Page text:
THE PATRIOT
Page 5

 

 

 

 

Exterior ADR
While the guns provide the flash and sizzle of the battle scenes, the editors and mixers placed equal attention on the “textures” of the field, perhaps most evident in the group ADR recording and mixing. The battles were by and large marked by civility, at least until the initial firing ceased and the hand-to-hand combat began. Military commands, therefore, were prominent. To add a level of realism, Hallberg decided to shoot the group ADR outdoors.

“We went up to the old Nike missile base in the Santa Monica Mountains,” explains ADR supervisor Chris Jargo. “Down a fire road and behind a mountain so we would be shielded from traffic. We placed 15 men [from the L.A. Mad Dogs loop group] about 10 feet apart down the road and had them run through a series of commands—everything from arms commands for Americans and Brits, to cavalry commands, marching commands, cannon commands. The way it works is that a commander barks out a command, and there are six companies in a battalion, so the leaders of those companies would parrot the commands. For example, if the command was, ‘Take aim!’ we would stagger the repeat with the 15 guys, so that the guys farther in back would be a little out of tempo, not perfectly chorused.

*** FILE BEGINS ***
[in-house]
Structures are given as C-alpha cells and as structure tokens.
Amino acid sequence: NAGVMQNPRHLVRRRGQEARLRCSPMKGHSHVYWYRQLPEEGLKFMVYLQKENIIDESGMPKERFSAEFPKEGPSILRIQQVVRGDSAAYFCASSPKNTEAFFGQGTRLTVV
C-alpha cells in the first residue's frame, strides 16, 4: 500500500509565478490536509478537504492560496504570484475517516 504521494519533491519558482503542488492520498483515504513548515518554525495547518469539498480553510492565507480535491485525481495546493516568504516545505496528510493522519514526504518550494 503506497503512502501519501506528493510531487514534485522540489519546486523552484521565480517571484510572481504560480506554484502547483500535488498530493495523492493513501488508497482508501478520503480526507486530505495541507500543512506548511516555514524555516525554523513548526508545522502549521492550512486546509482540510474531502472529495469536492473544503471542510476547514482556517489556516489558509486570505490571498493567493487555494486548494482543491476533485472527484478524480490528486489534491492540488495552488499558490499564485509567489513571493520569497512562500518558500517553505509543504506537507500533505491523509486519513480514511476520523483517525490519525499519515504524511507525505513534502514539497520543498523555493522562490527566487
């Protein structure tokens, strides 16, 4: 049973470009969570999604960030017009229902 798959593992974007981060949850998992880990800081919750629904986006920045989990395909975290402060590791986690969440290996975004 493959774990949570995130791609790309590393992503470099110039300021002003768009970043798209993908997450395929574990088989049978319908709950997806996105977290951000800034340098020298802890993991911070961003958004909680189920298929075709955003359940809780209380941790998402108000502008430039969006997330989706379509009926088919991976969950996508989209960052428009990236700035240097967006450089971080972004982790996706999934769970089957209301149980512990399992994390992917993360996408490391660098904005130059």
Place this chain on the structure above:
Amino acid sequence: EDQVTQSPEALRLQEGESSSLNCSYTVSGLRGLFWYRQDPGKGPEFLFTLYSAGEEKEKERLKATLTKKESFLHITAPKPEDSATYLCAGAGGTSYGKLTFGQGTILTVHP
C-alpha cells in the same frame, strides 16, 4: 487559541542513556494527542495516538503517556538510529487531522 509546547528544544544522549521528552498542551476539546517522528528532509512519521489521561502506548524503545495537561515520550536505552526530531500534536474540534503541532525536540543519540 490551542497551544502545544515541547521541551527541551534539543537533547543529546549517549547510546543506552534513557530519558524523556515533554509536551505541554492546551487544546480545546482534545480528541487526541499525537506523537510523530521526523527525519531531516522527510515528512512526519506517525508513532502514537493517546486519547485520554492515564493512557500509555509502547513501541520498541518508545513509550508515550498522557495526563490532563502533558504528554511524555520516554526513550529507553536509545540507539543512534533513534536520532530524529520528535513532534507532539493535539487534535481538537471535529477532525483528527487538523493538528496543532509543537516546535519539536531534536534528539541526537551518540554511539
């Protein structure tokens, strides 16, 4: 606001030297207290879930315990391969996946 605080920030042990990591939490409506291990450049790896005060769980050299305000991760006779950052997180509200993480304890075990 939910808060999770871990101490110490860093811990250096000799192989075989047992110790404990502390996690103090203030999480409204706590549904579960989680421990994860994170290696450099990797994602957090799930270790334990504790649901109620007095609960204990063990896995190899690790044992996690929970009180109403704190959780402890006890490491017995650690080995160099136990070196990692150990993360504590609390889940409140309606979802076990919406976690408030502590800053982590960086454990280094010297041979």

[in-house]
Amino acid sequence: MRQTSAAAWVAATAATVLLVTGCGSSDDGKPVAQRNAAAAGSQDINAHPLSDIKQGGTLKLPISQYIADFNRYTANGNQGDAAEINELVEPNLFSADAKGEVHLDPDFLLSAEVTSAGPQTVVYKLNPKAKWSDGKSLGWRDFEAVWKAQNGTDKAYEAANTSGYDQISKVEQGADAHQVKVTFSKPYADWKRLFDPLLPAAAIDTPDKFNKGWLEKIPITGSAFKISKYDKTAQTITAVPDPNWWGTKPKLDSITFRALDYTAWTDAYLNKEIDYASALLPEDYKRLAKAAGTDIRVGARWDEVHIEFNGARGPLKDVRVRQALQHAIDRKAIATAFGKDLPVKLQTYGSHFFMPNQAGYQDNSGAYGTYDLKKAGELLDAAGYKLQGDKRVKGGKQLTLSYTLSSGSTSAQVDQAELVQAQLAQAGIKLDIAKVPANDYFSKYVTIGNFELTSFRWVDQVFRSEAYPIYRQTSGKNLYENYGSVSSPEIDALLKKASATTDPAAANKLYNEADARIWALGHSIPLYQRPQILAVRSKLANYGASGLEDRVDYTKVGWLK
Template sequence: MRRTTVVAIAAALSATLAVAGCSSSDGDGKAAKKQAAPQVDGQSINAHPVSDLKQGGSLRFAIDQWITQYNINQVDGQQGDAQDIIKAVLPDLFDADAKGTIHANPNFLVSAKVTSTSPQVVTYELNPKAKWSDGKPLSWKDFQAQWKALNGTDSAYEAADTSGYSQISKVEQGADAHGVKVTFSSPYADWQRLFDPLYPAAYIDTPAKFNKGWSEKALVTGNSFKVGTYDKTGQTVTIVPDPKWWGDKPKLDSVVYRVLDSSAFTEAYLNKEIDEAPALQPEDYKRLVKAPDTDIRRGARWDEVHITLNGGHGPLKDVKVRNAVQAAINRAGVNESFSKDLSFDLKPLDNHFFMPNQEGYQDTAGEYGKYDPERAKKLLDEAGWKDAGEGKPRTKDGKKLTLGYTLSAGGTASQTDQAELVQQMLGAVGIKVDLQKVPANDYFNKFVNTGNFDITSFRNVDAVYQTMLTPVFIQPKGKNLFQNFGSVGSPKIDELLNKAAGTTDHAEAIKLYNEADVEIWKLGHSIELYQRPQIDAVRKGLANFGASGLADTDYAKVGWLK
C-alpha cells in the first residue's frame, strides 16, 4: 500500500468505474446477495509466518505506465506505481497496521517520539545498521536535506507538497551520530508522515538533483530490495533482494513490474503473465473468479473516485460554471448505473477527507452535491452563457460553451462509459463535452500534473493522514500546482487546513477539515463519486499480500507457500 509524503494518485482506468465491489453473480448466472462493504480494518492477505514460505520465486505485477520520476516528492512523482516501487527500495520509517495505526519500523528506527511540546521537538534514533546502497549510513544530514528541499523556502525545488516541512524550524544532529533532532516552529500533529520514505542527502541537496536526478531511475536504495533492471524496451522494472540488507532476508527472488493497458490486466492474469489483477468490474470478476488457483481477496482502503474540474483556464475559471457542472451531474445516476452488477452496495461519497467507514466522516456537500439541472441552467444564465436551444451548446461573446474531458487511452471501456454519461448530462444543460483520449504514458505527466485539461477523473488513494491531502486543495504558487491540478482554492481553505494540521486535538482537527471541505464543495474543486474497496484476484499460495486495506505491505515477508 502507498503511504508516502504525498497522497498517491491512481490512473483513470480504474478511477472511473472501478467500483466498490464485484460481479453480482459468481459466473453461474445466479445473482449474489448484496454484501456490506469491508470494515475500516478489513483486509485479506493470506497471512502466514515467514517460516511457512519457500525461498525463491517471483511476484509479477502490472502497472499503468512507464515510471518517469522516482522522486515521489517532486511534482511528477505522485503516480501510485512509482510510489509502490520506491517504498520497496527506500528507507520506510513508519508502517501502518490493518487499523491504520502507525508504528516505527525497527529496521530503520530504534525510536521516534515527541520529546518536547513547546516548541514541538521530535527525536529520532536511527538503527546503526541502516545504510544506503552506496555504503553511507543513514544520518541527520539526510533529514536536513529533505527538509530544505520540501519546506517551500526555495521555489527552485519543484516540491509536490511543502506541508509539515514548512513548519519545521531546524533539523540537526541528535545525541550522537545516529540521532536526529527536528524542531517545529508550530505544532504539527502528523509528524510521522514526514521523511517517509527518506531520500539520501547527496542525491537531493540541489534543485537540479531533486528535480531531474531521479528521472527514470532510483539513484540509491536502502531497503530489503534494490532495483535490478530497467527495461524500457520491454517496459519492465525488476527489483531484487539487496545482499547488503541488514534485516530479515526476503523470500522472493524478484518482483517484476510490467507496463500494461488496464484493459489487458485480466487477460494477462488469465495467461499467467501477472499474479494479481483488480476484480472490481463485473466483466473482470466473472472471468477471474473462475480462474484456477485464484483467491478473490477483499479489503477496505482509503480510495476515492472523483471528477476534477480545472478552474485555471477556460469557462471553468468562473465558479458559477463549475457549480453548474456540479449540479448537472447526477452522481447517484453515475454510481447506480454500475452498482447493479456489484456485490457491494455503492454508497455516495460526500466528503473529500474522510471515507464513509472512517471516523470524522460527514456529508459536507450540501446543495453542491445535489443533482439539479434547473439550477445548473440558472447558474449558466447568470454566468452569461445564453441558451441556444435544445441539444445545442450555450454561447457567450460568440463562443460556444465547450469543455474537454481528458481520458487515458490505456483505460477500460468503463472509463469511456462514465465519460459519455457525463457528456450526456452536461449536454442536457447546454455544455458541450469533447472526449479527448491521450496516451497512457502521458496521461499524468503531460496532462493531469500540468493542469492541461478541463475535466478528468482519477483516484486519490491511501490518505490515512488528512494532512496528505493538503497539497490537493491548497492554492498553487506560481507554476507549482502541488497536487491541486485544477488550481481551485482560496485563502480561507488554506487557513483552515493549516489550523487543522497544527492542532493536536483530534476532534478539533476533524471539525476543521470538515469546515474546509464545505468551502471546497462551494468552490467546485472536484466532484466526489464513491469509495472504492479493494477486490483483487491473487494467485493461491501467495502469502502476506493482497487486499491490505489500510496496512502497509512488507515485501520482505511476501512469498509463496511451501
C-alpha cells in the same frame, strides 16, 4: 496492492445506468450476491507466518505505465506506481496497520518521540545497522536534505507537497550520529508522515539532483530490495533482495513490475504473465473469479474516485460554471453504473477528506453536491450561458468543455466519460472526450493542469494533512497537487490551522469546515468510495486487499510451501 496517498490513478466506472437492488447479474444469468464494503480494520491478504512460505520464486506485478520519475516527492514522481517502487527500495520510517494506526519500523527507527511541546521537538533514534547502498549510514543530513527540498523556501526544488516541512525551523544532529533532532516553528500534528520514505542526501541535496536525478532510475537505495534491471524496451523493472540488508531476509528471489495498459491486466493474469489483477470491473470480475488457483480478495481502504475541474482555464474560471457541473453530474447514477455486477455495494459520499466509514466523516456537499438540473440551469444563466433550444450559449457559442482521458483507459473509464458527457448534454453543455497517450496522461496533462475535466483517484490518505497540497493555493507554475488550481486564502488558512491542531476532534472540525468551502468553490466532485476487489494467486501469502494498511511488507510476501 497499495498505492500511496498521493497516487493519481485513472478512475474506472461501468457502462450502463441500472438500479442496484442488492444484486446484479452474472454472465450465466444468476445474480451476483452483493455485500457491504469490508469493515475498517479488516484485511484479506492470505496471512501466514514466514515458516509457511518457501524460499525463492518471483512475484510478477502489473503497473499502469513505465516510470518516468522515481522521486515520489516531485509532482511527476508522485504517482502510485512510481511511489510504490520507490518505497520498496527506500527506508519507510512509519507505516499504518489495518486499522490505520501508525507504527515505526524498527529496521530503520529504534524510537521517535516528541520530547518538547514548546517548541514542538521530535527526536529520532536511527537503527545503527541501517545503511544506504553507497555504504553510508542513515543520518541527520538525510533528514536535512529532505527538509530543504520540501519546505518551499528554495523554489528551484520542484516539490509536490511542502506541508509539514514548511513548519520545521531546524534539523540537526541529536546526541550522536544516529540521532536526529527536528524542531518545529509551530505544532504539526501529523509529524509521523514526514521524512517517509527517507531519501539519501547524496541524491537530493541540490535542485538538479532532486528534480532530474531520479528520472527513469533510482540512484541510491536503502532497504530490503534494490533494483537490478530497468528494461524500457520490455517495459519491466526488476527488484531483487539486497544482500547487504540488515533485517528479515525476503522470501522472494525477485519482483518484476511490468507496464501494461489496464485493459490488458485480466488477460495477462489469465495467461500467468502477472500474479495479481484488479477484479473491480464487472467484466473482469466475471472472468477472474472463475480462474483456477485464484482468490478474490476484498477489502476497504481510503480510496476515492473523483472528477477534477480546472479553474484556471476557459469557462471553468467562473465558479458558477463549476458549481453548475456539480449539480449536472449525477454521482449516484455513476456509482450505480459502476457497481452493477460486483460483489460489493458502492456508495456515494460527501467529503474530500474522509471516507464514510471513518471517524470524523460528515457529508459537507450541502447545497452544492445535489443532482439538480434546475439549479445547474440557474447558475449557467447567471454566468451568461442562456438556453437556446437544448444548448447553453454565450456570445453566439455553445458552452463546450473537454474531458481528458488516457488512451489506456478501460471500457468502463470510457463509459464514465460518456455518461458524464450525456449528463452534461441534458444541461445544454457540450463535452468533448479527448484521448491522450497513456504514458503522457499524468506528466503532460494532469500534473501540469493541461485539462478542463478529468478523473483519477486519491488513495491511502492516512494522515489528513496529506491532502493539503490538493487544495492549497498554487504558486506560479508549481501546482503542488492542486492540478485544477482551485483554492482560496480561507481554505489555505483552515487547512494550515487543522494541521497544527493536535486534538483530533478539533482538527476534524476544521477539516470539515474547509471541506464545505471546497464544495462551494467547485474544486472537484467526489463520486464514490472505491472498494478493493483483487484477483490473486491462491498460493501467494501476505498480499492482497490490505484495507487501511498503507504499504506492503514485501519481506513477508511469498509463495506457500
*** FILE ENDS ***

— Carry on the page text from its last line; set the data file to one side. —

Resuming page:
ADR supervisor Chris Jargo feeds the stage from his WaveFrame workstation.


“Then after the group commands, we would do individuals,” he continues, “which Kevin would then mix LCR, again staggered and offset. The individuals played with the 15 men to give it a real natural, rough sound. We did that for every command, in every battle, and we also did group grunting and fighting for the hand-to-hand combat.” Later, “free-and-clears,” or wild, individual lines, were recorded to add punch and poke through the group walla in the encampment scenes.

O’Connell broke out separate predubs—6-channel production, 8-channel principal ADR, and 8-channel group ADR (LCR-LS-RS, LCR)—for the Americans and the British, so that at the final he could have flexibility and not bottle up the center. “I like to make the commands and the group dialog as left and right as possible,” he says, “because by the time you put in the guns and music, you need that separation. Sometimes I’ll even put group in the left-surround and right-surround so that it feels like one whole side of the theater against the other side.”

The exterior group ADR sessions were recorded straight to two DAT machines, one set up double-mono (two tracks) and the other stereo (M-S miked, for LCR playback). The five tracks were then lined up in the WaveFrame so they could be played back at the same time. Close-up grunts and breathing, along with principal ADR, were recorded on ADR stages at Fox, Warner Hollywood and Sony.

Page 6: Foley


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